In software testing, smoke testing (also known as “build verification testing”) is a type of shallow testing that is used to verify that the most important functions of a software build are working correctly. The purpose of smoke testing is to ensure that the build is stable enough to proceed with further testing. In smoke testing we test basic and critical features of the application.

When do we do smoke testing?

Smoke testing is usually done early in the testing process, after the build has been deployed to the test environment. It is generally a quick and lightweight testing method that focuses on the most essential features and functionality of the software. The goal of smoke testing is to identify any major issues with the build as soon as possible, so that they can be addressed before more detailed testing is performed.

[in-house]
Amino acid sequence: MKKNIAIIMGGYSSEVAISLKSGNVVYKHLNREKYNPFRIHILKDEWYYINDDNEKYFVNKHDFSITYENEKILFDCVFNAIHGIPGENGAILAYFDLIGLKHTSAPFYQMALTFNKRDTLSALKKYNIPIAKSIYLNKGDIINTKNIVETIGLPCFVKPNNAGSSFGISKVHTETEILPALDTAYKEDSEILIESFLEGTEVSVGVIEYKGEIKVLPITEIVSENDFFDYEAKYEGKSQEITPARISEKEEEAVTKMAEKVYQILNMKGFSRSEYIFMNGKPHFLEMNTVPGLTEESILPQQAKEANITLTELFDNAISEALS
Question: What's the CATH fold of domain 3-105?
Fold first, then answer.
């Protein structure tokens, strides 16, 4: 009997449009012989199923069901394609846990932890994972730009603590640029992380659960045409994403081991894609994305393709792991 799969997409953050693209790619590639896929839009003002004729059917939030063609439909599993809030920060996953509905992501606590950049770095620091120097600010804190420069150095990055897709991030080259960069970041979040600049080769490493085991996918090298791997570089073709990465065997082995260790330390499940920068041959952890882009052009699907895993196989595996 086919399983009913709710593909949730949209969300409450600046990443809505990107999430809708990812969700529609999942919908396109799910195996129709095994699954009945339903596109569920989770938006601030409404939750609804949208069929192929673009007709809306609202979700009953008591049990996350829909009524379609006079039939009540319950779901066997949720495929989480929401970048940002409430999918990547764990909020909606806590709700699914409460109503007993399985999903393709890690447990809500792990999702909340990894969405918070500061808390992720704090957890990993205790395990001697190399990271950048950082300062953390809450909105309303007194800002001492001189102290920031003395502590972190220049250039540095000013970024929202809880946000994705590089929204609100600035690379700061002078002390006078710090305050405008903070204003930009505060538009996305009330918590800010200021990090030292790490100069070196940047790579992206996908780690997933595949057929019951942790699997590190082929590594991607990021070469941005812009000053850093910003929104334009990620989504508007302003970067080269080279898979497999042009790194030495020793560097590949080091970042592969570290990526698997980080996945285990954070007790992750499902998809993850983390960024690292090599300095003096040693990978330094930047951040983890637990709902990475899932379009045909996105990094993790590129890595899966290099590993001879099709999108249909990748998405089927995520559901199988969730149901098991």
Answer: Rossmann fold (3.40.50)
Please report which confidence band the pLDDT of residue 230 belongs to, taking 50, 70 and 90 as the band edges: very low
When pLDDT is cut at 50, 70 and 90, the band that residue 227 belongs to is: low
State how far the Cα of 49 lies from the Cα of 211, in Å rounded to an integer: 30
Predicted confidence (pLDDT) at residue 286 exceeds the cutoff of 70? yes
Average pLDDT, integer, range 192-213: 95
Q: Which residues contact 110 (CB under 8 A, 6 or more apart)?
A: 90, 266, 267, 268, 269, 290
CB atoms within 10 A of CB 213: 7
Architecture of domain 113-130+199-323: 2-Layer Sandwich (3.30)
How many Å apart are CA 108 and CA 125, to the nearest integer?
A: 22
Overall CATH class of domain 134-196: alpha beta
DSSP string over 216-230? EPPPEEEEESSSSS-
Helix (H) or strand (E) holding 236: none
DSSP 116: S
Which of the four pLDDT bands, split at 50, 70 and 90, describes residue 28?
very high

We start for each build because we may find Blocker bugs in the next build due to code changes and installation problems.

Smoke testing is usually done manually, but it can also be automated using specialized testing tools. It is an important part of the software testing process because it helps to ensure that the software is of sufficient quality to proceed with further testing, and helps to identify major issues that need to be addressed before the software is released to end users,

Note: Smoke testing should be done whenever the installation takes place to make sure that installation is done properly.

Smoke testing is also called build verification testing. In this we verify if each and every build is testable or not, hence it is also called build verification testing.